Road user hazard perception tests: a systematic review of current methodologies

Caroline Moran, Joanne M. Bennett*, Prasannah Prabhakharan

*Corresponding author for this work

Research output: Contribution to journalArticlepeer-review

14 Citations (Scopus)


Background: Poor hazard perception, or the ability to anticipate potentially dangerous road and traffic situations, has been linked to an increased crash risk. Novice and younger road users are typically poorer at hazard perception than experienced and older road users. Road traffic authorities have recognised the importance of hazard perception skills, with the inclusion of a hazard perception test in most Graduated Driver Licensing (GDL) systems. Objectives: This review synthesises studies of hazard perception tests in order to determine best practice methodologies that discriminate between novice/younger and experienced/older road users. Data sources: Published studies available on PsychInfo, Scopus and Medline as at April 2018 were included in the review. Studies included a hazard perception test methodology and compared non-clinical populations of road users (car drivers, motorcyclists, bicyclists and pedestrians), based on age and experience, or compared methodologies. Results: 49 studies met the inclusion criteria. There was a high degree of heterogeneity in the studies. However all methodologies – video, static image, simulator and real-world test-drive were able to discriminate road user groups categorised by age and/or experience, on at least one measure of hazard perception. Conclusions: Whilst there was a high level of heterogeneity of studies, video methodology utilising temporal responses (e.g. press a button when detecting the potential hazard) are a consistent measure of hazard perception across road user groups, whereas spatial measures (e.g. locate potential hazard in the scenario) were inconsistent. Staged footage was found to discriminate as well as unstaged footage, with static images also adding valuable information on hazard perception. There were considerable inconsistencies in the categorising of participants based on age and experience, limited application of theoretical frameworks, and a considerable lack of detail regarding post hoc amendments of hazardous scenarios. This research can guide further developments in hazard perception testing that may improve driver licensing and outcomes for road users.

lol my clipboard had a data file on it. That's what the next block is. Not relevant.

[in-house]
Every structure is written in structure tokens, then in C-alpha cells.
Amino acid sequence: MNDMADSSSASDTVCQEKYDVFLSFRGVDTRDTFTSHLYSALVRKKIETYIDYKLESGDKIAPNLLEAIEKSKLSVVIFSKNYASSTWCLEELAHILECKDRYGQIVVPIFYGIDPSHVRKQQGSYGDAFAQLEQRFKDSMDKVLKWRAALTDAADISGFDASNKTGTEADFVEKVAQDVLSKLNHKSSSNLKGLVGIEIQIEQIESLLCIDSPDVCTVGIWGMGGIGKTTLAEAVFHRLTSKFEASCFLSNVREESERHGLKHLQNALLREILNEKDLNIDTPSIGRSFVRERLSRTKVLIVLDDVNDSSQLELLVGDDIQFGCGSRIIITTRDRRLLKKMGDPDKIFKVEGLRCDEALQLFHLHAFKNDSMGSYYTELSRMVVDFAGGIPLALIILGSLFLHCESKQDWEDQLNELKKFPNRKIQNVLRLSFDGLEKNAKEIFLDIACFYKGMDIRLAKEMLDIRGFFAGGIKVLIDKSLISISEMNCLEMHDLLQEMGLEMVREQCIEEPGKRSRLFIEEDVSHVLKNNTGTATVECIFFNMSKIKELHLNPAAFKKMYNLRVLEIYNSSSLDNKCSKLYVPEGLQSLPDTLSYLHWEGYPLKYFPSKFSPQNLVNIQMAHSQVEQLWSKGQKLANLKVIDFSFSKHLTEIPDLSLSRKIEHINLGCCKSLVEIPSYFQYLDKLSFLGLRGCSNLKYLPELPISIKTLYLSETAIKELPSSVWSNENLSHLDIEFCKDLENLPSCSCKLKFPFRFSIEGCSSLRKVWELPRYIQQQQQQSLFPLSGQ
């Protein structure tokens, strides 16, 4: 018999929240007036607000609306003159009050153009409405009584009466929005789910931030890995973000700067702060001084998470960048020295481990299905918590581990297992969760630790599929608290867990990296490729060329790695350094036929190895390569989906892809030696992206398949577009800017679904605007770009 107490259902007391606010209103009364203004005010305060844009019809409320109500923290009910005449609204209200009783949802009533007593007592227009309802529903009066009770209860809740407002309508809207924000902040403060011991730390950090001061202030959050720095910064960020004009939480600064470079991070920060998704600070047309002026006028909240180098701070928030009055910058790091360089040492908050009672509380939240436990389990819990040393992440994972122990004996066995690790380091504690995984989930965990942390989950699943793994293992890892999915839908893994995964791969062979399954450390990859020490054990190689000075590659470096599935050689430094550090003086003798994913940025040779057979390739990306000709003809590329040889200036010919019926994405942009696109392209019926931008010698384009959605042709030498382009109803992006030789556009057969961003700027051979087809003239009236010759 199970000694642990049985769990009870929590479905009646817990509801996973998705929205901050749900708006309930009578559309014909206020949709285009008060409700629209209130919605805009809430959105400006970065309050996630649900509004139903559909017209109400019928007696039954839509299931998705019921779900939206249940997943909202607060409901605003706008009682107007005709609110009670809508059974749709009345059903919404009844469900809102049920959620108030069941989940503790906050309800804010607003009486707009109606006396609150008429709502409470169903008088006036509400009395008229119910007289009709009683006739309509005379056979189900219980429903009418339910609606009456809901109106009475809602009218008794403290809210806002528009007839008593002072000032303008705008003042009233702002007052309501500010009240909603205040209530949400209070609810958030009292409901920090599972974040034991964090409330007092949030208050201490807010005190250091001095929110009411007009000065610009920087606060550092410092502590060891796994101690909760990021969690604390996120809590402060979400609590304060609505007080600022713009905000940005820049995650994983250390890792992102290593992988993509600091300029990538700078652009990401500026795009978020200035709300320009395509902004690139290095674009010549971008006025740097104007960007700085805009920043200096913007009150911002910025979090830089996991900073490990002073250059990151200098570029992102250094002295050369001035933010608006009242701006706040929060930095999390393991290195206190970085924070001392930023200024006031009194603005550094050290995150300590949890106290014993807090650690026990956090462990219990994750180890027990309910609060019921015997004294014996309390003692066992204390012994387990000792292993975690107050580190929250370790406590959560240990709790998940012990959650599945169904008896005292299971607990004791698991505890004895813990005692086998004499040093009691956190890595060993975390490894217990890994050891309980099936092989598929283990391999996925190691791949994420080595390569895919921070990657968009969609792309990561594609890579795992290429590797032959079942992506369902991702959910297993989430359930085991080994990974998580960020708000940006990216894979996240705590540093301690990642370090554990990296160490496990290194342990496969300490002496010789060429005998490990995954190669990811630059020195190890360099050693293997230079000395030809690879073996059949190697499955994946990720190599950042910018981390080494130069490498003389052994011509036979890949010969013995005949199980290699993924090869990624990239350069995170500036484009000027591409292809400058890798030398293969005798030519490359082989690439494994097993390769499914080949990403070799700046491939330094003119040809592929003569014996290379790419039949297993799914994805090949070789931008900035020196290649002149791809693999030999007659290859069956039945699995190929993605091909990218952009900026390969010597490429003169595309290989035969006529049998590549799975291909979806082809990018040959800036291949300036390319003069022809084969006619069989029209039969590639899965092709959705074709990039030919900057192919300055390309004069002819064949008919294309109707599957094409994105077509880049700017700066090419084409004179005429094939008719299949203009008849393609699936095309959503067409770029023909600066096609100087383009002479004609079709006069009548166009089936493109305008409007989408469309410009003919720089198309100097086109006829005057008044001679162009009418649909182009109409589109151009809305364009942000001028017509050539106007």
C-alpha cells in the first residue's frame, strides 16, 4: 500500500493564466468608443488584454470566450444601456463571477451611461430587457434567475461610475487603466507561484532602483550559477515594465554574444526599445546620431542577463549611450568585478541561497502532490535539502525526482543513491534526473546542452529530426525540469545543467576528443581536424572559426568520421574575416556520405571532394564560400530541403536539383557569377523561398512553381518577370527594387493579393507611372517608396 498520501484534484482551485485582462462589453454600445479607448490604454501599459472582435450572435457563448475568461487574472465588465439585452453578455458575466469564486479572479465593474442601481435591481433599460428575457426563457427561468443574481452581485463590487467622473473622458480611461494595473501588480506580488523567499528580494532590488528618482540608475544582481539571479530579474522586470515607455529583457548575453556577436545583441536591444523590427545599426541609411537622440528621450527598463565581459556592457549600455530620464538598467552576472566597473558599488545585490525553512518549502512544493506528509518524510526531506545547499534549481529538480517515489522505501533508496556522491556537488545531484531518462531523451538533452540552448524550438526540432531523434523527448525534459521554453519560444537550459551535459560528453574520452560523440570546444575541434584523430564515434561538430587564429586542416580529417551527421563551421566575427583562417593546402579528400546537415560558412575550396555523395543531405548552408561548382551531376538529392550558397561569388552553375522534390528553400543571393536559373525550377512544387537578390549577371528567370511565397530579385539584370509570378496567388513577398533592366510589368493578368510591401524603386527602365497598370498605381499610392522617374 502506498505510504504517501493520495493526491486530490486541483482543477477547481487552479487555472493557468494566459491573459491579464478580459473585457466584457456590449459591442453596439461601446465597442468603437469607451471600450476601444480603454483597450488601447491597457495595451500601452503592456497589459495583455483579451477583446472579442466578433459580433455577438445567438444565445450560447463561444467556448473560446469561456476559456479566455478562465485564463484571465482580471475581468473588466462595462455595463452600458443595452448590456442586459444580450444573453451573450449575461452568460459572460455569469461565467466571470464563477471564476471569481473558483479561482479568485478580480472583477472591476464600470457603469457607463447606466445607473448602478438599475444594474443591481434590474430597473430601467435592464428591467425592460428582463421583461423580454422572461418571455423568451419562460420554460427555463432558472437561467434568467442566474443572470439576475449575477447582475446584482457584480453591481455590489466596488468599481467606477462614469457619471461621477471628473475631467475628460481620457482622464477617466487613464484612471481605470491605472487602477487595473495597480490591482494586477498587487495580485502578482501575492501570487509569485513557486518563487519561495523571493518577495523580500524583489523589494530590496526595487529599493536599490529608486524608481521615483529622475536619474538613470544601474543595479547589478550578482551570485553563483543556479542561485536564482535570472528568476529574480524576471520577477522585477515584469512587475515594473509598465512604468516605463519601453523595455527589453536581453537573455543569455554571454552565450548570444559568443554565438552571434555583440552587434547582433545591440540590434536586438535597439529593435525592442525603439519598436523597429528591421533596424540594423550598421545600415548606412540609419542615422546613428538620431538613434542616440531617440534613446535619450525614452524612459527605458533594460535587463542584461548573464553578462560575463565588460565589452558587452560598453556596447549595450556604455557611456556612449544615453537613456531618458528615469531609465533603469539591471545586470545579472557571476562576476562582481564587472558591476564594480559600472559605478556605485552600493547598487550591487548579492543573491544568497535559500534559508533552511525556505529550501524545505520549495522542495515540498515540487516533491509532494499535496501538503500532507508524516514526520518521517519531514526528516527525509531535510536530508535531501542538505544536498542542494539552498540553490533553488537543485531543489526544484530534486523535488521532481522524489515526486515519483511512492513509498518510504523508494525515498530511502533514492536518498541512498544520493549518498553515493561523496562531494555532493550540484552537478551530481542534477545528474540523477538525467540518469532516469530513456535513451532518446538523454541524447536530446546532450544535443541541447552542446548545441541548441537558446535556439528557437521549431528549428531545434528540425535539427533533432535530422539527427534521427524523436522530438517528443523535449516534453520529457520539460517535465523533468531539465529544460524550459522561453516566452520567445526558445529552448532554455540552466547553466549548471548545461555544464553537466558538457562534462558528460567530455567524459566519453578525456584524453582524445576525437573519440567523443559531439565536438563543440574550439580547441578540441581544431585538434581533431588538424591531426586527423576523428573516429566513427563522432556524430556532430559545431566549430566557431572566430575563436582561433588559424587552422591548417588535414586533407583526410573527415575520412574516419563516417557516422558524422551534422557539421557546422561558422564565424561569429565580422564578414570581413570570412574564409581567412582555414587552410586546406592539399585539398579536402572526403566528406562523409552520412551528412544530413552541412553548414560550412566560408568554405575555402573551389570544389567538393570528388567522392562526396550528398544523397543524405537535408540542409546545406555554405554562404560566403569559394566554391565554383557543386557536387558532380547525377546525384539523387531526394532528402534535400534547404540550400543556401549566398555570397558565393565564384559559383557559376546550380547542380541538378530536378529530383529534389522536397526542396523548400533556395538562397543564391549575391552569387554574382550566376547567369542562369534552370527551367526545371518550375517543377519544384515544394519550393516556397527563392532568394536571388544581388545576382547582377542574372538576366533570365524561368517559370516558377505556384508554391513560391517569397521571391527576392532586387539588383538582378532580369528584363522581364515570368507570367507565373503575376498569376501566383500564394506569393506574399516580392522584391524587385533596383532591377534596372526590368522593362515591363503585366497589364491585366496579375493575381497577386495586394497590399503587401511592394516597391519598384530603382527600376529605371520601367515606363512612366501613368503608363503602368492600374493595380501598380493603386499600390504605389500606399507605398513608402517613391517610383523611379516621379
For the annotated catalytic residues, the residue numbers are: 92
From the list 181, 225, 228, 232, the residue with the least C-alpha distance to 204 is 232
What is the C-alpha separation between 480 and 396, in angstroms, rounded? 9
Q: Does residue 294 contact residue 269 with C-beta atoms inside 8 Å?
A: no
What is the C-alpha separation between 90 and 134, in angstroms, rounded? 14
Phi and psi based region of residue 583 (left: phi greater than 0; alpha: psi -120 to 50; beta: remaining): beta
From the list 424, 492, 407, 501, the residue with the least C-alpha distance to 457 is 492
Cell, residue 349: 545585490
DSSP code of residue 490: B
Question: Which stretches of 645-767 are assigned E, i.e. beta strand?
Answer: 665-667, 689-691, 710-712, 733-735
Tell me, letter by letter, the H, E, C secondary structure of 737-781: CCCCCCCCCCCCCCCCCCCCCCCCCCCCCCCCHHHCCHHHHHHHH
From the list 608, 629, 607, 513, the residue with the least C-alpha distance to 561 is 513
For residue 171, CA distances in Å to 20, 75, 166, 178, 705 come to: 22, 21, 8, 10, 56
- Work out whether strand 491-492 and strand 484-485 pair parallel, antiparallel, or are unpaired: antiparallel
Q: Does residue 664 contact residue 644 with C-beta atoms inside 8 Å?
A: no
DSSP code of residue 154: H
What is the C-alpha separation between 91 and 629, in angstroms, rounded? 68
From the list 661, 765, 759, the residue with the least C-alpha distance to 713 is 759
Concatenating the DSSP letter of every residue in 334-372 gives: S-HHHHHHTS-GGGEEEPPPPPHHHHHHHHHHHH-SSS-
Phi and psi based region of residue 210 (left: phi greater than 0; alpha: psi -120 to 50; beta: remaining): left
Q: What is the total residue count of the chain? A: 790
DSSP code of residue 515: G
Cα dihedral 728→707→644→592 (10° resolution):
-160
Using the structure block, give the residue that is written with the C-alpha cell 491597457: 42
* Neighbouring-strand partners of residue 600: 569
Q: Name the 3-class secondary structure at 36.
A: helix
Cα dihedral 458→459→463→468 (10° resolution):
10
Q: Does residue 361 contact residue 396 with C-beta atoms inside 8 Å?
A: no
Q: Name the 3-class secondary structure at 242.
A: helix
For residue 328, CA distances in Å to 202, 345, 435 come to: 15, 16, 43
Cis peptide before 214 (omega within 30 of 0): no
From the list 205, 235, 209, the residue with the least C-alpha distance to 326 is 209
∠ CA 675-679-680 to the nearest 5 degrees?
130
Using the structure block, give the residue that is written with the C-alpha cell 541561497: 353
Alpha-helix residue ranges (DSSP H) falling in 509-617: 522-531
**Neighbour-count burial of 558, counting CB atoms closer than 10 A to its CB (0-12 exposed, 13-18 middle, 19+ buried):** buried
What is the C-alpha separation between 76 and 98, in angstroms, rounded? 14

Original languageEnglish
Pages (from-to)309-333
Number of pages25
JournalAccident Analysis and Prevention
Publication statusPublished - Aug 2019
Externally publishedYes


  • hazard perception tests
  • methodology
  • road user
  • Graduated Driver Licensing (GDL) young drivers
  • novice drivers
  • older drivers


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